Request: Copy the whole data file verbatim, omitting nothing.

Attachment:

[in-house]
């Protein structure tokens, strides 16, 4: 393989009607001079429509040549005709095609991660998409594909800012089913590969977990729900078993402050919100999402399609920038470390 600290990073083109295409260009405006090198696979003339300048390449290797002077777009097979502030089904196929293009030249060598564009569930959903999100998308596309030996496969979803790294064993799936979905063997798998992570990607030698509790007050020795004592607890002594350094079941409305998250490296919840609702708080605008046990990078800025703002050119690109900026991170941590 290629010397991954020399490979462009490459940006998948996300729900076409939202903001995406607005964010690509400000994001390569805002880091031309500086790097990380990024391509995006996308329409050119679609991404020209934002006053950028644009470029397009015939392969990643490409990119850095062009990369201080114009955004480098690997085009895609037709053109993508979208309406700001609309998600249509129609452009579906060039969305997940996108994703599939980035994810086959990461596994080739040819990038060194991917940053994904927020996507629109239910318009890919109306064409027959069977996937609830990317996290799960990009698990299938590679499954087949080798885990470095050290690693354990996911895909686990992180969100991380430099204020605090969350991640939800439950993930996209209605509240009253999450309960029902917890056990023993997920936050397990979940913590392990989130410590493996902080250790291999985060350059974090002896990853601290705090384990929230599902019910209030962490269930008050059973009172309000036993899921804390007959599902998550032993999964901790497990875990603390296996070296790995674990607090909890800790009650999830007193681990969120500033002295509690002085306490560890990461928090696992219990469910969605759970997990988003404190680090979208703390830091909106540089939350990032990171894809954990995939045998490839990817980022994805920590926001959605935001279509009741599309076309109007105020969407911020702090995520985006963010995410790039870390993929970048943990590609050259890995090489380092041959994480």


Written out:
[in-house]
């Protein structure tokens, strides 16, 4: 393989009607001079429509040549005709095609991660998409594909800012089913590969977990729900078993402050919100999402399609920038470390 600290990073083109295409260009405006090198696979003339300048390449290797002077777009097979502030089904196929293009030249060598564009569930959903999100998308596309030996496969979803790294064993799936979905063997798998992570990607030698509790007050020795004592607890002594350094079941409305998250490296919840609702708080605008046990990078800025703002050119690109900026991170941590 290629010397991954020399490979462009490459940006998948996300729900076409939202903001995406607005964010690509400000994001390569805002880091031309500086790097990380990024391509995006996308329409050119679609991404020209934002006053950028644009470029397009015939392969990643490409990119850095062009990369201080114009955004480098690997085009895609037709053109993508979208309406700001609309998600249509129609452009579906060039969305997940996108994703599939980035994810086959990461596994080739040819990038060194991917940053994904927020996507629109239910318009890919109306064409027959069977996937609830990317996290799960990009698990299938590679499954087949080798885990470095050290690693354990996911895909686990992180969100991380430099204020605090969350991640939800439950993930996209209605509240009253999450309960029902917890056990023993997920936050397990979940913590392990989130410590493996902080250790291999985060350059974090002896990853601290705090384990929230599902019910209030962490269930008050059973009172309000036993899921804390007959599902998550032993999964901790497990875990603390296996070296790995674990607090909890800790009650999830007193681990969120500033002295509690002085306490560890990461928090696992219990469910969605759970997990988003404190680090979208703390830091909106540089939350990032990171894809954990995939045998490839990817980022994805920590926001959605935001279509009741599309076309109007105020969407911020702090995520985006963010995410790039870390993929970048943990590609050259890995090489380092041959994480």